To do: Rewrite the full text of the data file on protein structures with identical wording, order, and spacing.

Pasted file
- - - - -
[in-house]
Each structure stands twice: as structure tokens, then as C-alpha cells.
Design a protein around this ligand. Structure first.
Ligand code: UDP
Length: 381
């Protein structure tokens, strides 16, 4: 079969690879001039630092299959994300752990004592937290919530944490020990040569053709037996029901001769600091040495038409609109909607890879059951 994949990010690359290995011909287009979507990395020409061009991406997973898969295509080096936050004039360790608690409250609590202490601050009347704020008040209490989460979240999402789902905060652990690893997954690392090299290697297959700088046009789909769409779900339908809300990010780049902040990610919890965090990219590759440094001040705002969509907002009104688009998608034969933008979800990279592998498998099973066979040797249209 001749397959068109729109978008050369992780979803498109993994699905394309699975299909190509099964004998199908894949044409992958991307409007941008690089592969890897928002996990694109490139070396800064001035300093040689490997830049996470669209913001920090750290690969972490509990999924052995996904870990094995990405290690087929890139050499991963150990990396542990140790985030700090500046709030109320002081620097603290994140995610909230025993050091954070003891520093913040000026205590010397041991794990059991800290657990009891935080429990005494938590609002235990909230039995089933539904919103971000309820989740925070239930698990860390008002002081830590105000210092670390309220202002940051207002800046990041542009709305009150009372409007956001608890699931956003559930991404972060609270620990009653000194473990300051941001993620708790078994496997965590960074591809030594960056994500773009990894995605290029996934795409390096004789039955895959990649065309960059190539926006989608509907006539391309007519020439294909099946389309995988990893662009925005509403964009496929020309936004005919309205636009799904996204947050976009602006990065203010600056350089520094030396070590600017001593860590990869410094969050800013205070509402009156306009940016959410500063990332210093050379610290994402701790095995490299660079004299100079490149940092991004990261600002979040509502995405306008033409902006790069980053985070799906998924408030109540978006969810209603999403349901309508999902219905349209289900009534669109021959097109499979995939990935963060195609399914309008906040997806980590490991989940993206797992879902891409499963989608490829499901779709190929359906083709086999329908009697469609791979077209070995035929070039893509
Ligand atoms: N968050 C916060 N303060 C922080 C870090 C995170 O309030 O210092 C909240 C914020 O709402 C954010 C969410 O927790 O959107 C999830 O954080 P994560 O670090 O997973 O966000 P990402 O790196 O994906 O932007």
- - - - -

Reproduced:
[in-house]
Each structure stands twice: as structure tokens, then as C-alpha cells.
Design a protein around this ligand. Structure first.
Ligand code: UDP
Length: 381
């Protein structure tokens, strides 16, 4: 079969690879001039630092299959994300752990004592937290919530944490020990040569053709037996029901001769600091040495038409609109909607890879059951 994949990010690359290995011909287009979507990395020409061009991406997973898969295509080096936050004039360790608690409250609590202490601050009347704020008040209490989460979240999402789902905060652990690893997954690392090299290697297959700088046009789909769409779900339908809300990010780049902040990610919890965090990219590759440094001040705002969509907002009104688009998608034969933008979800990279592998498998099973066979040797249209 001749397959068109729109978008050369992780979803498109993994699905394309699975299909190509099964004998199908894949044409992958991307409007941008690089592969890897928002996990694109490139070396800064001035300093040689490997830049996470669209913001920090750290690969972490509990999924052995996904870990094995990405290690087929890139050499991963150990990396542990140790985030700090500046709030109320002081620097603290994140995610909230025993050091954070003891520093913040000026205590010397041991794990059991800290657990009891935080429990005494938590609002235990909230039995089933539904919103971000309820989740925070239930698990860390008002002081830590105000210092670390309220202002940051207002800046990041542009709305009150009372409007956001608890699931956003559930991404972060609270620990009653000194473990300051941001993620708790078994496997965590960074591809030594960056994500773009990894995605290029996934795409390096004789039955895959990649065309960059190539926006989608509907006539391309007519020439294909099946389309995988990893662009925005509403964009496929020309936004005919309205636009799904996204947050976009602006990065203010600056350089520094030396070590600017001593860590990869410094969050800013205070509402009156306009940016959410500063990332210093050379610290994402701790095995490299660079004299100079490149940092991004990261600002979040509502995405306008033409902006790069980053985070799906998924408030109540978006969810209603999403349901309508999902219905349209289900009534669109021959097109499979995939990935963060195609399914309008906040997806980590490991989940993206797992879902891409499963989608490829499901779709190929359906083709086999329908009697469609791979077209070995035929070039893509
Ligand atoms: N968050 C916060 N303060 C922080 C870090 C995170 O309030 O210092 C909240 C914020 O709402 C954010 C969410 O927790 O959107 C999830 O954080 P994560 O670090 O997973 O966000 P990402 O790196 O994906 O932007």